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Marine vets join search for missing man

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  • Marine vets join search for missing man

    ‘It takes a Marine to find a Marine,’ one volunteer says
    By By GREG MARTIN, The Charlotte Sun

    Tuesday, February 12, 2008

    A loose-knit group of volunteers, most of them former Marines who faced combat in Vietnam, has assembled this week to continue a ground search for a fellow Marine veteran who fled — apparently from phantom enemies — into a sparsely developed area of Deep Creek more than a week ago.

    The volunteers are patrolling along the Peace River, checking vacant buildings and conducting foot patrols on remote trails through the brush.

    They’re searching for any sign of Eric W. Hall, 24.

    Originally from Indiana, Hall fled from his aunt’s Deep Creek house Feb. 3. Medically retired from the Marine Corps in 2005 after a roadside bomb caused a traumatic injury to his left leg, Hall suffers from post-traumatic stress syndrome.

    He was experiencing a “flashback” and thought people were “after him” at the time he disappeared that afternoon, his family told police.

    Equipped with flashlights and maps, some of the former Marines have even paired up to walk remote trails at night. They were out until well after 3 a.m. Tuesday, said searcher Charlie Shaughnessy, a Port Charlotte resident who served in Vietnam with the U.S. Marines.

    “He’s a Marine,” Shaughnessy said. “It takes a Marine to find a Marine.”

    The volunteers have pointed out Hall would have been trained on survival tactics. If he didn’t want to be found, he’d lay low during daylight hours and scavenge during the night.

    His mother, Becky Hall, however, said she just wants her son to contact her to tell her he’s all right.

    Becky Hall traveled from Indiana to help locate her son. She was working this week to organize the volunteer searchers from an ad hoc post at the Deep Creek Park.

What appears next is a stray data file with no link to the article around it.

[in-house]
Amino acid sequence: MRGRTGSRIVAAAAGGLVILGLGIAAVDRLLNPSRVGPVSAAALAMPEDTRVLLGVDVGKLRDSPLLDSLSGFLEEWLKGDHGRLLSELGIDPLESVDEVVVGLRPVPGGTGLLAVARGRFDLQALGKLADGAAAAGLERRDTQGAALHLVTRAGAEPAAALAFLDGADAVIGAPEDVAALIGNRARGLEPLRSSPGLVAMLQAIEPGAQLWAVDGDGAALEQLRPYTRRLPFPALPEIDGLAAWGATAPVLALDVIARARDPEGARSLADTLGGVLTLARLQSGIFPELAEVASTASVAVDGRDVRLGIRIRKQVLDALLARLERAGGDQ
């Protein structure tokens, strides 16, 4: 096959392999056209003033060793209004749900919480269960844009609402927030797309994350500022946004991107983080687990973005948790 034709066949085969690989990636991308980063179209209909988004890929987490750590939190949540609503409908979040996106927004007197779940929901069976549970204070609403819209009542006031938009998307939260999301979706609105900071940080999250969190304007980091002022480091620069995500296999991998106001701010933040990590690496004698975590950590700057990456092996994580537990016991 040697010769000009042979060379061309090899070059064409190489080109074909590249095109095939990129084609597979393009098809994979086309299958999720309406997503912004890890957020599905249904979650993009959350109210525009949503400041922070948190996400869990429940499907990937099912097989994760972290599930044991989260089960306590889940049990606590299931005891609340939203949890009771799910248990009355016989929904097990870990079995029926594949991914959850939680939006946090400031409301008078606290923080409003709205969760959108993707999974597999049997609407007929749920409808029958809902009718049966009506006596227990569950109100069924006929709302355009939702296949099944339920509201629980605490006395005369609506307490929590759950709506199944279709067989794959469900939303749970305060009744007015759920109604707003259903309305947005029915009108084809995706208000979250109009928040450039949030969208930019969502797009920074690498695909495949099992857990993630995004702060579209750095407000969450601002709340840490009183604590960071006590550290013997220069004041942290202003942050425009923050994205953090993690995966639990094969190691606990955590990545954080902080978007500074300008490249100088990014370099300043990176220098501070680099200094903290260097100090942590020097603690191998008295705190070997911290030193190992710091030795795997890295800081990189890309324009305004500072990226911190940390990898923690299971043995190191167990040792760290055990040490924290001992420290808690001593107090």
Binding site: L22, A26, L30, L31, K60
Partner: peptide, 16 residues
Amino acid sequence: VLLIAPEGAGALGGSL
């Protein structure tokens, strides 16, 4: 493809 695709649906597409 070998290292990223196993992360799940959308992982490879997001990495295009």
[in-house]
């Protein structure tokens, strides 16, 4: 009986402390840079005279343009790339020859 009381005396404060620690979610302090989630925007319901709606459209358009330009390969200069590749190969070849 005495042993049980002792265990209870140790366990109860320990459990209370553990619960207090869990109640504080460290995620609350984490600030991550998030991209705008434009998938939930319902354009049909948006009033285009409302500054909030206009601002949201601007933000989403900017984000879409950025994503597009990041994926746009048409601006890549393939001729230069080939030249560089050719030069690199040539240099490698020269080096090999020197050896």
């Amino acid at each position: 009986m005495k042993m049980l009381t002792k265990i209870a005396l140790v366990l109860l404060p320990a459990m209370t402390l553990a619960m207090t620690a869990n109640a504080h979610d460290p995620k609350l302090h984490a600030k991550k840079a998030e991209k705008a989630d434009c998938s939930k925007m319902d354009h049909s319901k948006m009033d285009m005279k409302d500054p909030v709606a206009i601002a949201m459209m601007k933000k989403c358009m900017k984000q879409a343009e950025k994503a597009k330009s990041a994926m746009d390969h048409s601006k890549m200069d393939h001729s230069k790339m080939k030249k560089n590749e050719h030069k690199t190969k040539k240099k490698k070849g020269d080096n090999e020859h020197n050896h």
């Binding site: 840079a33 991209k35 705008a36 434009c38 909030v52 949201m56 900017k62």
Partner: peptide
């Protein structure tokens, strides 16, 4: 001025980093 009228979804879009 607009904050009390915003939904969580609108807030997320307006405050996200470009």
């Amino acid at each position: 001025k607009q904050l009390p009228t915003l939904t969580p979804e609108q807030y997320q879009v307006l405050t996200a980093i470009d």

The ground search is continuing despite the fact the Charlotte County Sheriff’s Office concluded that Hall left the area. The agency reached that conclusion after 30 deputies searched the area extensively Friday without success, said sheriff’s spokesman Bob Carpenter.

    The sheriff’s office also granted approval to sheriff’s pilot Mark Brownie to fly over the area in the agency’s Vietnam-vintage “Huey” helicopter Sunday.

    Hueys, which are symbolic of rescue to Vietnam veterans, are still used in Iraq and Afghanistan, where Hall served two tours of combat duty, Carpenter said. Brownie had suggested the Huey be used to lure Hall out of hiding, he said.

    The volunteers are also trying to call Hall out without scaring him away.

    Thomas “Cajun” McCarthy, a former Marine who served in Vietnam, said he shouts Hall’s name followed by the words “Bravo Rescue Team!” McCarthy’s hoping Hall will then understand the team’s “friendly.”

    “He is back in the worst time of his life,” said McCarthy. “This kid is deep under somewhere. It’s tearing my heart out because I know what this kid’s going through.”

    McCarthy said he has been diagnosed with post traumatic stress disorder stemming from his personal combat experience.

    Symptoms include feeling like the traumatic event is happening again, trouble sleeping or nightmares, not feeling close to people, becoming easily angered, and feeling guilty because others died when you lived, according to the Medline Plus Web site.

    Some 30 percent of Vietnam veterans and about 10 percent of 1991 Gulf War veterans developed symptoms. But the number of combat soldiers with post traumatic stress disorder has tripled since 2001, according to a recent study published by the British Medical Journal.

    “This is just the tip of the iceberg,” McCarthy warned.

    He predicts an epidemic of the syndrome because many Iraq veterans had been ordered to extend their tours, thus prolonging their stress.

    Tuesday, McCarthy and another fellow Marine veteran, who identified himself only as “Animal,” drove around some streets behind the Visani comedy club off Kings Highway near Loveland Boulevard. They were searching in that area because that’s where a witness may have seen Hall for the last time, McCarthy said.

    The witness was a woman who was seated on a bench behind the club Thursday night. A man, walking with a limp, sat down next to her and apologized because he “smelled bad,” according to McCarthy.

    That lead is one of more than 100 reported to the Sheriff’s Office, Carpenter said.

    Hall was wearing blue jeans, a plaid shirt and a black leather jacket when last seen by his family.

    He fled his aunt’s home around 2 p.m. Feb. 3 on a Yamaha motorcycle. The bike was recovered a short while later, abandoned near Sulstone Drive and Pasadena Terrace in Harbour Heights.

    After a brush fire erupted a short while later in the same area, authorities recovered his motorcycle helmet and a pair of black socks, according to his mother.

    Today, the Southwest Florida K-9 Search unit plans to send several handlers and dogs to continue the search, weather permitting, said Mike Bodah, director of the unit.

    - - -

    To help: Anyone interested in helping with search efforts for Eric W. Hall can call Becky Hall at 502-500-7732. Anyone with information on Hall’s whereabouts is asked to call the Charlotte County Sheriff’s Office at 941-639-0013.

    E-mail Greg Martin at